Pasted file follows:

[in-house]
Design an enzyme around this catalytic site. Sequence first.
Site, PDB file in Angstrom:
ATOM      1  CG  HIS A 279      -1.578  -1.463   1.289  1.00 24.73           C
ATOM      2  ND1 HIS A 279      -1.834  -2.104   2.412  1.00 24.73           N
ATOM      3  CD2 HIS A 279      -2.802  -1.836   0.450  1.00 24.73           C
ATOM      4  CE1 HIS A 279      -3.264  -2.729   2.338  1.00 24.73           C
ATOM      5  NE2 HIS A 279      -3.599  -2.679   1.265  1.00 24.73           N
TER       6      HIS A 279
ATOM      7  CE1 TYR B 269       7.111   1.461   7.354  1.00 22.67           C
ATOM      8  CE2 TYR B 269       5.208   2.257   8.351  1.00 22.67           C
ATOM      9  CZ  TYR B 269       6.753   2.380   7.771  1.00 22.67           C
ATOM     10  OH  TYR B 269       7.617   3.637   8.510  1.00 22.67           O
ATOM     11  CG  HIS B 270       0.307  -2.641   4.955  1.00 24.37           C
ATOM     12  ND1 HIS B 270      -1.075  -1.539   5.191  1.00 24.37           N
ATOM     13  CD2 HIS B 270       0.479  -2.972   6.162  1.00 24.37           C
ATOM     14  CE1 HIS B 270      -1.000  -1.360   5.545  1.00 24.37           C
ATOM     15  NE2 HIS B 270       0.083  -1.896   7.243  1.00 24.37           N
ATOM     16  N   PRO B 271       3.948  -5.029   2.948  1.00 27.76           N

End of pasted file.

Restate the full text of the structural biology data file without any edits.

[in-house]
Design an enzyme around this catalytic site. Sequence first.
Site, PDB file in Angstrom:
ATOM      1  CG  HIS A 279      -1.578  -1.463   1.289  1.00 24.73           C
ATOM      2  ND1 HIS A 279      -1.834  -2.104   2.412  1.00 24.73           N
ATOM      3  CD2 HIS A 279      -2.802  -1.836   0.450  1.00 24.73           C
ATOM      4  CE1 HIS A 279      -3.264  -2.729   2.338  1.00 24.73           C
ATOM      5  NE2 HIS A 279      -3.599  -2.679   1.265  1.00 24.73           N
TER       6      HIS A 279
ATOM      7  CE1 TYR B 269       7.111   1.461   7.354  1.00 22.67           C
ATOM      8  CE2 TYR B 269       5.208   2.257   8.351  1.00 22.67           C
ATOM      9  CZ  TYR B 269       6.753   2.380   7.771  1.00 22.67           C
ATOM     10  OH  TYR B 269       7.617   3.637   8.510  1.00 22.67           O
ATOM     11  CG  HIS B 270       0.307  -2.641   4.955  1.00 24.37           C
ATOM     12  ND1 HIS B 270      -1.075  -1.539   5.191  1.00 24.37           N
ATOM     13  CD2 HIS B 270       0.479  -2.972   6.162  1.00 24.37           C
ATOM     14  CE1 HIS B 270      -1.000  -1.360   5.545  1.00 24.37           C
ATOM     15  NE2 HIS B 270       0.083  -1.896   7.243  1.00 24.37           N
ATOM     16  N   PRO B 271       3.948  -5.029   2.948  1.00 27.76           N